Effective June 2006, oil companies began distributing low sulfur diesel fuel to meet the U.S. Environmental Protection Agency's (EPA) requirement for diesel fuel for on-road motor vehicles. The new fuel's sulfur content decreased from 500 ppm to 15 ppm. This change in material composition certainly justifies reevaluating the elastomer products used in these vehicles. In addition, other EPA regulations for truck engines have resulted in an operating temperature increase of almost 50F. The combination concerned engineers at Ashtabula Rubber who investigated alternate formulas for automotive customers. "Anytime you deal with a changing environment, it's important to understand the entire application as well as the full scale of the changes taking place," says Aaron Hall, engineering manager, Ashtabula Rubber Co. "The more we know about the operating environment, the better we are able to find the right material and design for our customers." For more information on Ashtabula Rubber design capabilities, go to http://rbi.ims.ca/4933-524.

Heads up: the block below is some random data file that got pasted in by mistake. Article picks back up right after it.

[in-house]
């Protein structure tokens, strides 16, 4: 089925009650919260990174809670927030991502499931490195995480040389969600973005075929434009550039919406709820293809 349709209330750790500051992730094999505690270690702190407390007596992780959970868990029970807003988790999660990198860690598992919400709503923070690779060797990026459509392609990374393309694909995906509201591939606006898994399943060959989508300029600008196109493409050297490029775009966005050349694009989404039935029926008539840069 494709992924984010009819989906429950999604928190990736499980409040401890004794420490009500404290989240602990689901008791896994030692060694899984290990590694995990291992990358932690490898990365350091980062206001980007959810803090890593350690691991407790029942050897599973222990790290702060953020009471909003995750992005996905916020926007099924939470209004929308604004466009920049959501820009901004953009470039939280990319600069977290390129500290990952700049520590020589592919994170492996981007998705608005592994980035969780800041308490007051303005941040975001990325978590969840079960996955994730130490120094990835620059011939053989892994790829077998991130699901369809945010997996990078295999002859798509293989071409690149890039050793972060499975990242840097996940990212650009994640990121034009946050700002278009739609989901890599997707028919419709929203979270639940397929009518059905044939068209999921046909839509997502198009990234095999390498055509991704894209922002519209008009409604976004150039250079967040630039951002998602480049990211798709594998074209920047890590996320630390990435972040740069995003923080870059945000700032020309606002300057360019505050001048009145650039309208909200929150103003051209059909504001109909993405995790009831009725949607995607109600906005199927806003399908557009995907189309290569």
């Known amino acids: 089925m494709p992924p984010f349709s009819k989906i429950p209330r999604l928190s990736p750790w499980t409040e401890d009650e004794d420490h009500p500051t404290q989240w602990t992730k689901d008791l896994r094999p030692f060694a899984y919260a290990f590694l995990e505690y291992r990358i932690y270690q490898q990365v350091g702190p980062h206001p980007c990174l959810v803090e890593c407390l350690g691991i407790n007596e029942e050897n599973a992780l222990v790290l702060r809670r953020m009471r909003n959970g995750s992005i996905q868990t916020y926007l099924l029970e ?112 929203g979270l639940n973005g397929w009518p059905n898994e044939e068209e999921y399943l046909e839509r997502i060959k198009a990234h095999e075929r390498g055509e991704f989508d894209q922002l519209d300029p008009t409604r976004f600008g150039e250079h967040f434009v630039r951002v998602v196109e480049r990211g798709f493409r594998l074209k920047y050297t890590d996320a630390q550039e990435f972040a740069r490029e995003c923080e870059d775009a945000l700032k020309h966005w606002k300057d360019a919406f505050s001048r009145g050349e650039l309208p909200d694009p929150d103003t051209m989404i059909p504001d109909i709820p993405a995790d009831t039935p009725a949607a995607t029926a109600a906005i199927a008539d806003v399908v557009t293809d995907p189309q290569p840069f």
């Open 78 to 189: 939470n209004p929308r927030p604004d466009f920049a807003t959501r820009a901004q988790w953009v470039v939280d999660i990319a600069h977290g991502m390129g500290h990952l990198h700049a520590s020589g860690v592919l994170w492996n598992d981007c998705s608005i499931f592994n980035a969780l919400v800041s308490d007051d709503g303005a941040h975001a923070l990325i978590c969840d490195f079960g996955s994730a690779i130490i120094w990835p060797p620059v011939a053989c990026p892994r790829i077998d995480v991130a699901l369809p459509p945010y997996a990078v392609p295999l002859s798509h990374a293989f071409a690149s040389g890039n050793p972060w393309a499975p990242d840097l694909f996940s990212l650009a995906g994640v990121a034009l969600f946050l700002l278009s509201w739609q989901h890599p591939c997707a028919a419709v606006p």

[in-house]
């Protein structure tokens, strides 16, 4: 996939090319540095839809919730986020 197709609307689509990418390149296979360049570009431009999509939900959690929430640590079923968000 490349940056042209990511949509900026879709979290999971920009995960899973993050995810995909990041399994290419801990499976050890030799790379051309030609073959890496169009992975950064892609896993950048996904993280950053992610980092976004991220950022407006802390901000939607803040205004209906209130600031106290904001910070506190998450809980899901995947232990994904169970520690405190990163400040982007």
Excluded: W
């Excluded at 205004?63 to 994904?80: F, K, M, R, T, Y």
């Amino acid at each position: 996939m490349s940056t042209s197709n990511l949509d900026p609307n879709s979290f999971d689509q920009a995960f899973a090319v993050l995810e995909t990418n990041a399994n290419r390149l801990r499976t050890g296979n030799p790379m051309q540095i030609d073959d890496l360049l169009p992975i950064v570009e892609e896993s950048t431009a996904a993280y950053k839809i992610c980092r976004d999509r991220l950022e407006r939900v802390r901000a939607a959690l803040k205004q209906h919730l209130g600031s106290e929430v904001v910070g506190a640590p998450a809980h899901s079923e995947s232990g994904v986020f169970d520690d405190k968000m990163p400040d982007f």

Sciaky, provider of electron-beam additive manufacturing (EBAM) services, will start selling these machines commercially in September. The company has used its EBAM 3D printing technology for making very large, high-value, metal prototypes and production parts for aerospace and defense OEMs.
At this year’s Google I/O, the spotlight was pointed on gender inequality in the high-tech industry. Google has established a new initiative that it hopes will even out the playing field, Made w/Code. Part of this initiative will fund free online courses in basic coding.
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